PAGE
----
The Feast of the Dormition of the Mother of God is one of the Twelve Great Feasts of the Orthodox year.
Orthodox belief is that Mary died a natural death of old age, and was buried. St Thomas, who had not been present (just as he was not present when Jesus returned to life after his crucifixion) arrived a few days later and insisted on looking into the tomb one last time. Mary’s body was gone.
Apparently, the facts surrounding the Dormition were long known in Jerusalem, but not so much elsewhere until the 5th century
St. John Damascene gives the most interesting and most substantial testimony on the Dormition.
In his second sermon on the Dormition, he appeals to another work, not well known to us, “The History of Euthemius” and says, that after Pulcheria, the wife of Emperor Marcian (450-457), had built a church in honor of the Most Holy Mother of God at Blachernae, a suburb of Constantinople, she wanted to place the body of the Most Holy Mother of God there.
In this matter she turned to the Patriarch of Jerusalem Juvenal (+458), who at the time was at the Council of Chalcedon (451).
He related to her the tradition that, after Mary’s grave had been opened for St. Thomas, her body was not found there. Instead of the body, Juvenal sent to Pulcheria the funeral clothes of the Most Holy Mother of God.
Sophia Fotopoulou. Source.
As it happens, the Orthodox Church has not made a ‘Marian dogma’ of this, i.e. it is not a required belief for those who wish to be saved.
One of the surprising things about the Orthodox Church is how little of its faith and practice is explicitly required. What we do on this day – from affectionate prayers to sumptuous processions with a funeral bier full of flowers – is all done for love. We do it because we want to.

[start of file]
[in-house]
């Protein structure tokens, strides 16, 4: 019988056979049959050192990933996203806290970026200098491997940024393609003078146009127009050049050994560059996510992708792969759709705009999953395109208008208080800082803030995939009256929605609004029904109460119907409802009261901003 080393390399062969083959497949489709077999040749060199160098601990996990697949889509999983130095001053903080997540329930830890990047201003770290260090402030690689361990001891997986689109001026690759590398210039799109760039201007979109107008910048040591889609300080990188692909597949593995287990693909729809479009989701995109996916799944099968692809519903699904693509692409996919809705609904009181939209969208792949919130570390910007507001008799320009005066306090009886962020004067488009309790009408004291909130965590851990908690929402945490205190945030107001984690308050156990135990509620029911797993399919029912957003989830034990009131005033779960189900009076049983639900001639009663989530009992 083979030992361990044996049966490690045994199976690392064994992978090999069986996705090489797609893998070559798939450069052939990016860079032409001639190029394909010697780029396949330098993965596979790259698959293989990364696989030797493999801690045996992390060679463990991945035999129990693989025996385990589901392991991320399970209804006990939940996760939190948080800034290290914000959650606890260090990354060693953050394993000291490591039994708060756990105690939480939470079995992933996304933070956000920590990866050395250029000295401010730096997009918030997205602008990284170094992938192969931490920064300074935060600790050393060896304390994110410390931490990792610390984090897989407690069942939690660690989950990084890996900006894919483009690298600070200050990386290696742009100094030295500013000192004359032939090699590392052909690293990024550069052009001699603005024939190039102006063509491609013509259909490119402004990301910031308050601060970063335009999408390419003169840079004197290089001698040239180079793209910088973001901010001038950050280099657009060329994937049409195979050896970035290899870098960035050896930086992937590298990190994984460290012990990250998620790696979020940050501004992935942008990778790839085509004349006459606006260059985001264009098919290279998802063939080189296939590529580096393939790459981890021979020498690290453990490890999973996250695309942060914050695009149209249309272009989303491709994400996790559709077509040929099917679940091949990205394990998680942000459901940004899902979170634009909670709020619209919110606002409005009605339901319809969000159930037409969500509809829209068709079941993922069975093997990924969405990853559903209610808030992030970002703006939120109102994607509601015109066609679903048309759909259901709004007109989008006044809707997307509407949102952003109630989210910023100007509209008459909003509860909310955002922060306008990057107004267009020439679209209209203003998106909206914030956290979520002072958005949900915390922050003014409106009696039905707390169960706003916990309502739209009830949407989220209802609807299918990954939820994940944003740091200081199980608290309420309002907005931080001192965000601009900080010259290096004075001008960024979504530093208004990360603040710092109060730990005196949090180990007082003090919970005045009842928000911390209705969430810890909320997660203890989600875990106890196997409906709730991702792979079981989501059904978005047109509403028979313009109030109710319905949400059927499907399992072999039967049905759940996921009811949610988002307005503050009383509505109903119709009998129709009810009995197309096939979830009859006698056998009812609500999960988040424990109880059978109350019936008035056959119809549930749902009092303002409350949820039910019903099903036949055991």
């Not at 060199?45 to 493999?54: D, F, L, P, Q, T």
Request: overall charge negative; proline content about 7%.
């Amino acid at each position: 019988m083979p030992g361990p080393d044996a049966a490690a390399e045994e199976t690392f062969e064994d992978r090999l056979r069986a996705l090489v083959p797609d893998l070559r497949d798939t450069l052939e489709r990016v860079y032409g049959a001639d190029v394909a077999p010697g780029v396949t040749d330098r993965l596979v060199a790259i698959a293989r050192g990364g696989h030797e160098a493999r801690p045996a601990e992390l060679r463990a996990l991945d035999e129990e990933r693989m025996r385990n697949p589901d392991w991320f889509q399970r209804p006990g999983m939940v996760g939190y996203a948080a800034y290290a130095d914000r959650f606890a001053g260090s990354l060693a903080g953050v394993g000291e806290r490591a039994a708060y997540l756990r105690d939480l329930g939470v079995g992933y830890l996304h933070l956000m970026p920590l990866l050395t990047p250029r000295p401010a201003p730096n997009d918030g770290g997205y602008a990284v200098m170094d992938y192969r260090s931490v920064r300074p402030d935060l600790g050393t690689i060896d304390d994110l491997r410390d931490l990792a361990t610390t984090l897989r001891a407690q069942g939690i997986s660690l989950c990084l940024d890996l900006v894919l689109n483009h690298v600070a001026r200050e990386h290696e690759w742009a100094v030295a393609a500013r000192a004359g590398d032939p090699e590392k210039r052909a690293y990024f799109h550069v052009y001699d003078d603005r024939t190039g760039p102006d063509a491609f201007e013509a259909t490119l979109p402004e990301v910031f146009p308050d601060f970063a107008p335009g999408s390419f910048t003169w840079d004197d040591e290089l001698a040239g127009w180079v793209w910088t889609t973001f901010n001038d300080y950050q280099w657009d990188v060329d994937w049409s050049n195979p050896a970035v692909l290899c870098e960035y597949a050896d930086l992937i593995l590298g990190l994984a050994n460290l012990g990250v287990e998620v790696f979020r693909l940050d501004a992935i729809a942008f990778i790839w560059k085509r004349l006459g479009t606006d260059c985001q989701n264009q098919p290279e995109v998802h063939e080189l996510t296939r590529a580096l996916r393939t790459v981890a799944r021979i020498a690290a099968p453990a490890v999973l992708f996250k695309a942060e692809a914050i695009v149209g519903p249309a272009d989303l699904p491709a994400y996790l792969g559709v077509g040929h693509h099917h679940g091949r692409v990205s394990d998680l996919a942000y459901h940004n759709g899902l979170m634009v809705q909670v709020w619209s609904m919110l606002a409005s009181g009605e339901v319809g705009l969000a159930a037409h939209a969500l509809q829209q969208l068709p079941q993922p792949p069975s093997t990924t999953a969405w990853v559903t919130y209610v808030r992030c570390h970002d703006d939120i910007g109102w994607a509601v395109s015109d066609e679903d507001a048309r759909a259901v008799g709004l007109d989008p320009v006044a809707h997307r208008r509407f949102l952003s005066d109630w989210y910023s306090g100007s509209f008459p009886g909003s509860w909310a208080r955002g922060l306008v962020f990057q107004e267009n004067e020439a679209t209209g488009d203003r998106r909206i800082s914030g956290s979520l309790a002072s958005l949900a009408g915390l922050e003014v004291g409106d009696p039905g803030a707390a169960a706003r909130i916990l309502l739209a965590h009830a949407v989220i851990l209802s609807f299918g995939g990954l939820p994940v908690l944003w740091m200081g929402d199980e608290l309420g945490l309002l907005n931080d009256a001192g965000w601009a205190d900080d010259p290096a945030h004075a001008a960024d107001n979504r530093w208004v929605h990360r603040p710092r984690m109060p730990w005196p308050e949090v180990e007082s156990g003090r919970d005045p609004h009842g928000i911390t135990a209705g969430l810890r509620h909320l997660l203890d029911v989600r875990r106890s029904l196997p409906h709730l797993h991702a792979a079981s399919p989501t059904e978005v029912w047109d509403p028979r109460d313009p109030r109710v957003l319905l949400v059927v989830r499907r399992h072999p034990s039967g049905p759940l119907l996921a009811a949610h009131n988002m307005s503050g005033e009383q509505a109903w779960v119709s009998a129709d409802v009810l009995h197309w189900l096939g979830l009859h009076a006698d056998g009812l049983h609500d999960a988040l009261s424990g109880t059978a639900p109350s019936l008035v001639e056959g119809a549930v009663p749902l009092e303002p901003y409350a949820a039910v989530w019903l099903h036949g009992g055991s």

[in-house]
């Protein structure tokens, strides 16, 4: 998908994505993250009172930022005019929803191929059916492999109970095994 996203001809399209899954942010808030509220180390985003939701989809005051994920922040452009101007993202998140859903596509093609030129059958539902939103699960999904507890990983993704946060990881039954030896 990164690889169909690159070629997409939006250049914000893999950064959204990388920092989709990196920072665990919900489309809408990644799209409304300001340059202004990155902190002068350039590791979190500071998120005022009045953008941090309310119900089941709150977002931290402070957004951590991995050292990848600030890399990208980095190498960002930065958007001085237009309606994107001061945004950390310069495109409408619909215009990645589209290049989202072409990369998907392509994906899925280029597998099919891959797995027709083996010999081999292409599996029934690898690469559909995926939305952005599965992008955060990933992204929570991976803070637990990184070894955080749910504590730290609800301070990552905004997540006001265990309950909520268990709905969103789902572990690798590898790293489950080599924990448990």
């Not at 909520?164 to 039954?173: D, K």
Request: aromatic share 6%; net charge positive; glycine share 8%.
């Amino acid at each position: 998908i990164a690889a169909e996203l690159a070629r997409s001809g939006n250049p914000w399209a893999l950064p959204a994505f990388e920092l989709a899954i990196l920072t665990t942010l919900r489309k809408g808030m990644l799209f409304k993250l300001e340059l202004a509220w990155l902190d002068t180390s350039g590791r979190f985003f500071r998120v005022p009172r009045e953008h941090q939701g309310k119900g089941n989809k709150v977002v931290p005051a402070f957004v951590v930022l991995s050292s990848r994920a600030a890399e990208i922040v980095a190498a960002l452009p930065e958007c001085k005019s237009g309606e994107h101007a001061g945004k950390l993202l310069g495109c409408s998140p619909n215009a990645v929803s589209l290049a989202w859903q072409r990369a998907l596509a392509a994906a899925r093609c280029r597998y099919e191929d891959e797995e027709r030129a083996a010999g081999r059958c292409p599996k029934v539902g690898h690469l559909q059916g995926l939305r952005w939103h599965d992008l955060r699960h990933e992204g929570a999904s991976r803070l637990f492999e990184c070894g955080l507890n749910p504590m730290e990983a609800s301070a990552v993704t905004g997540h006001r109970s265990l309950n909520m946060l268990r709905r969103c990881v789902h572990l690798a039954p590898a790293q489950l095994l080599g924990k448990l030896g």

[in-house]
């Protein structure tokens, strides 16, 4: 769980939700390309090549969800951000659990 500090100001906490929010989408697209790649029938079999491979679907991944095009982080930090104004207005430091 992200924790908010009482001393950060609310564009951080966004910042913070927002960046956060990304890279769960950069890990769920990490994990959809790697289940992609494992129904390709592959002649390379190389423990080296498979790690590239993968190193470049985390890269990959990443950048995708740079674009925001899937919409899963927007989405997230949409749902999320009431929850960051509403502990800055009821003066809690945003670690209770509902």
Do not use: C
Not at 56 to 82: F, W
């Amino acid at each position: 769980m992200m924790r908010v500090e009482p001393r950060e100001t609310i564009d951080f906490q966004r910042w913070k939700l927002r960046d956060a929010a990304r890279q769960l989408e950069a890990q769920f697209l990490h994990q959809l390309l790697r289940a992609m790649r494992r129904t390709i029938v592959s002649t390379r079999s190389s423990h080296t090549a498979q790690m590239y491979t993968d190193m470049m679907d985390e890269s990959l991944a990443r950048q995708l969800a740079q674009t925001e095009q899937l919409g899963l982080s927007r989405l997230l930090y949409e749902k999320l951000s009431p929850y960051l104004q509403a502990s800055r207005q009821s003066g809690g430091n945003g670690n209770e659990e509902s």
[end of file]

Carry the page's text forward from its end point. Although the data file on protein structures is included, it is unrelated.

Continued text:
EVERY generation offers hymns, O Virgin, to honour thine entombment.
Come with all creation to sing the hymns of parting, as thou art raised, O Virgin.
Disciples of my Lord Christ, arrive to tend the body of my God’s purest Mother!
Invisibly attending, the Archangels and Angels by rank sing hymns to praise thee.
A custom later spread from Jerusalem to many parts of the Orthodox Church, whereby the liturgical events of Great Friday are reflected in those of the Dormition (you can read the service at Monachos.net).
An epitaphios or funeral bier with an image of the Virgin lying upon it is processed, just as with Christ’s epitaphios on Great Friday, while the hugely popular funeral lamentation of Christ Αι γενεαί πάσαι is adapted and sung for Mary (an extract is sung in the video above).
IN a grave they laid Thee; yet, O Christ, Thou art life.
And they now have laid the Mother of Life as well: both to angels and to men a sight most strange!
We exalt thee greatly, Mother of God most pure, and now we glorify thy holy Dormition, as we bow before thine honoured and precious tomb.
In thy womb thou heldest Him who cannot be contained; thou art life to all the faithful: how canst thou die, and thy body be contained within a tomb?
Thou didst bring forth, Pure Maiden, God the heavenly King, and today in manner royal art carried forth to the Kingdom of the Heavens as a Queen.
The point of this, of course, is to emphasise that the Virgin’s honour is the first taste of that general resurrection which is promised to all, but is given by Christ alone.